Reporters on the Job
NOT READY TO TALK: While reporting today's story about the economic fallout from the attacks on New York and Washington (this page), the Monitor's Ilene Prusher found it almost "impossible to report because no one wanted to talk to journalists, or were not allowed to."
"Many told me that they thought it would be inappropriate, considering the magnitude of the casualties in New York. Many Japanese companies were still trying to account for all their employees and colleagues, and so could not yet fathom the idea of addressing what the financial impact would be, and I had to respect that. But I was amazed at the numbers of major financial institutions which had blanket bans on speaking to journalists about the state of the markets, such as Merrill Lynch Japan, Morgan Stanley, Goldman Sachs, Credit Suisse First Boston.
"It's really not that people don't want to give you information," one banking official told Ilene. "It's that most people don't actually know themselves what's going on or who or what has survived, so we're all trying to come to terms with that first."
"I found myself feeling sympathy rather than frustration or annoyance. Of course, it's our job as journalists to get a reading of reactions to an event like this, but the tragedy of this is still sinking in."
AN EXPRESSION OF SYMPATHY: The Monitor's Robert Marquand was personally touched by the expressions of concern he received in Beijing. "I received phone calls from the Chinese foreign ministry, and from a former employee in China, who were checking to make sure my family was unharmed," says Bob.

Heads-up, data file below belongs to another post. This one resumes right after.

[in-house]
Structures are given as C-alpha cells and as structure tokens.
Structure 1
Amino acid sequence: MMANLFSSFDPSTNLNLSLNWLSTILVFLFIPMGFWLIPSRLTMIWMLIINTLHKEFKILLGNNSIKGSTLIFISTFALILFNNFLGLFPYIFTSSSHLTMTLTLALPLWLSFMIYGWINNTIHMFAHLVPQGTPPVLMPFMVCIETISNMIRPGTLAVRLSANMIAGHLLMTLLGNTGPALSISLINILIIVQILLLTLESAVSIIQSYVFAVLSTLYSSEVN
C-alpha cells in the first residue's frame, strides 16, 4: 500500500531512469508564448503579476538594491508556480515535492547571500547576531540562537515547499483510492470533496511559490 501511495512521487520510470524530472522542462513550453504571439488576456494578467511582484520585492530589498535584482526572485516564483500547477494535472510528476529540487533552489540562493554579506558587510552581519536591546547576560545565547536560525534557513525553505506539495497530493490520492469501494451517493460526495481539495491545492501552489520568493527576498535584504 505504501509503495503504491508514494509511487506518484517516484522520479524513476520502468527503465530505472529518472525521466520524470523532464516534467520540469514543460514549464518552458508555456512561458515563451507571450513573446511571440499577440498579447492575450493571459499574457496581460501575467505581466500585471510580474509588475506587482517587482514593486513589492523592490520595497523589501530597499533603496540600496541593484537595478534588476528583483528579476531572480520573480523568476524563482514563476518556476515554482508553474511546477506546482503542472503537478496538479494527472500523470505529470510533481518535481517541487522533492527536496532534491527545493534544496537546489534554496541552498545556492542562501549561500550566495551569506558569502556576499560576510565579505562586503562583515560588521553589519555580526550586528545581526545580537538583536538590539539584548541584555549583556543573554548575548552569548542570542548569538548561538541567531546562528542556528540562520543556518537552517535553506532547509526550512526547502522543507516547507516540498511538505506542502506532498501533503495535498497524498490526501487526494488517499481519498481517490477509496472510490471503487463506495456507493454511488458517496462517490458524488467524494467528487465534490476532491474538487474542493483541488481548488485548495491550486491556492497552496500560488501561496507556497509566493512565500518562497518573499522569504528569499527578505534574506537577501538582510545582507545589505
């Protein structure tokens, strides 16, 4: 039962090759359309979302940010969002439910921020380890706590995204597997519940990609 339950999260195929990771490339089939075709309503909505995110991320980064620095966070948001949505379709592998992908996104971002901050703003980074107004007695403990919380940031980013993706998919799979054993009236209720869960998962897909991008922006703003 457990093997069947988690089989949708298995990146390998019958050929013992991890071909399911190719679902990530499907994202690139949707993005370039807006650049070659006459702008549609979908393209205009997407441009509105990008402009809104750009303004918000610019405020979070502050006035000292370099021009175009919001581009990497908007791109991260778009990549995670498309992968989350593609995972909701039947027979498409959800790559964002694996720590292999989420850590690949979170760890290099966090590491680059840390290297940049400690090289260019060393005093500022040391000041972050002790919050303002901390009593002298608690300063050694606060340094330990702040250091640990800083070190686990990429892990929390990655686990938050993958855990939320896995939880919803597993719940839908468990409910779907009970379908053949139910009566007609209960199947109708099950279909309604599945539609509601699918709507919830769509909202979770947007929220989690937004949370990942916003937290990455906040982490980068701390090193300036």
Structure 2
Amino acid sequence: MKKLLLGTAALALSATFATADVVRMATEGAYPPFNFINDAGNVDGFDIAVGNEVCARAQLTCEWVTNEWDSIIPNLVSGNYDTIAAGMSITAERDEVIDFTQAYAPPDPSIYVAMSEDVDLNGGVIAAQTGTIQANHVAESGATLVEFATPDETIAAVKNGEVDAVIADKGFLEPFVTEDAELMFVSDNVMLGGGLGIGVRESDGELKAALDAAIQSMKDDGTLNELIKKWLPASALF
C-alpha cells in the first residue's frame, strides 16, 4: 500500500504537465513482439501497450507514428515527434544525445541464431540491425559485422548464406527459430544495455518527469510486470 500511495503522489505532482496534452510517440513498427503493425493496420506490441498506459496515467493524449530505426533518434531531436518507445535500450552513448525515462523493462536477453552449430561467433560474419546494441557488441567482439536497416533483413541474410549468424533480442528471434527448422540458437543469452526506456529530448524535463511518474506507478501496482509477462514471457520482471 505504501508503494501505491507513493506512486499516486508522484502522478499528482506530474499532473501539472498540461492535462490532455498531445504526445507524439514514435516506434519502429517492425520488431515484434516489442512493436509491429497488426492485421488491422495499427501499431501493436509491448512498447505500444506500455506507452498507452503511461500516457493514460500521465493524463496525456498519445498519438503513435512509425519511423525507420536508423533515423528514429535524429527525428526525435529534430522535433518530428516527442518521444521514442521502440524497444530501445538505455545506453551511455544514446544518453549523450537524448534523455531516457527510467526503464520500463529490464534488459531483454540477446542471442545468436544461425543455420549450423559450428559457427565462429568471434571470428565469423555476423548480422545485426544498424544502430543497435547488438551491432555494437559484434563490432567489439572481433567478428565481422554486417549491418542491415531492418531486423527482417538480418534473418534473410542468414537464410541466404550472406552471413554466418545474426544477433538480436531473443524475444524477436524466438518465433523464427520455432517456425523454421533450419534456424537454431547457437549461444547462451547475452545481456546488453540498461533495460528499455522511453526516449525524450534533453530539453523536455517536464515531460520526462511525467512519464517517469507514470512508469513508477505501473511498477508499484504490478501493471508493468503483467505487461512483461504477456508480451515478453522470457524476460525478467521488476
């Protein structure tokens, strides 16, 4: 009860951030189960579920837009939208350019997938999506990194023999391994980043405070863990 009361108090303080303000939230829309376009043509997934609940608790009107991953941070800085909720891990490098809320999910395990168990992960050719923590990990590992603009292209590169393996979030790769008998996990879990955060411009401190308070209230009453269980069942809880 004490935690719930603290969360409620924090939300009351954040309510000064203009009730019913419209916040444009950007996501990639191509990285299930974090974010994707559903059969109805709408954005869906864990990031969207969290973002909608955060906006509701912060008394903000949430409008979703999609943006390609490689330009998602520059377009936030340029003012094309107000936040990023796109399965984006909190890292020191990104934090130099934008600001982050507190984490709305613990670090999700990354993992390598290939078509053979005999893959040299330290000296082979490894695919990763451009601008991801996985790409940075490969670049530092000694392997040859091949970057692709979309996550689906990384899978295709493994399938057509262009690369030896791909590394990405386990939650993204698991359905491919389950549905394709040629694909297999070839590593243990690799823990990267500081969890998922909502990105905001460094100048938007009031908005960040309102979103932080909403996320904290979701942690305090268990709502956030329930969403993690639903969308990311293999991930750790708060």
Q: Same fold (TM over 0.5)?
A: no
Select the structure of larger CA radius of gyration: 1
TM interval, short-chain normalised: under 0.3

His family members live in California and Florida and were not injured in the attacks.
EXPRESSIONs OF SOLIDARITY: At the Monitor's Paris bureau, Peter Ford was struck by a comment he heard on a French radio program yesterday. A Frenchwoman called to say: "Anti-Americanism is a luxury we allow ourselves when things are going well. At moments like this, we are all Americans."
And in Moscow, the Monitor's correspondent Scott Peterson says that many Russians expressed their sympathy and solidarity with Americans by bringing flowers, candles, notes, and even chocolates and chewing gum to the US embassy.
Among the red carnations woven into the chain-link fence in front of the building was a postcard of the World Trade Center. A note inside a bouquet of gerberas and chrysanthemums said: "It is also our immeasurable tragedy. We feel pain with you. In the 21st century, we must be together."
- David Clark Scott
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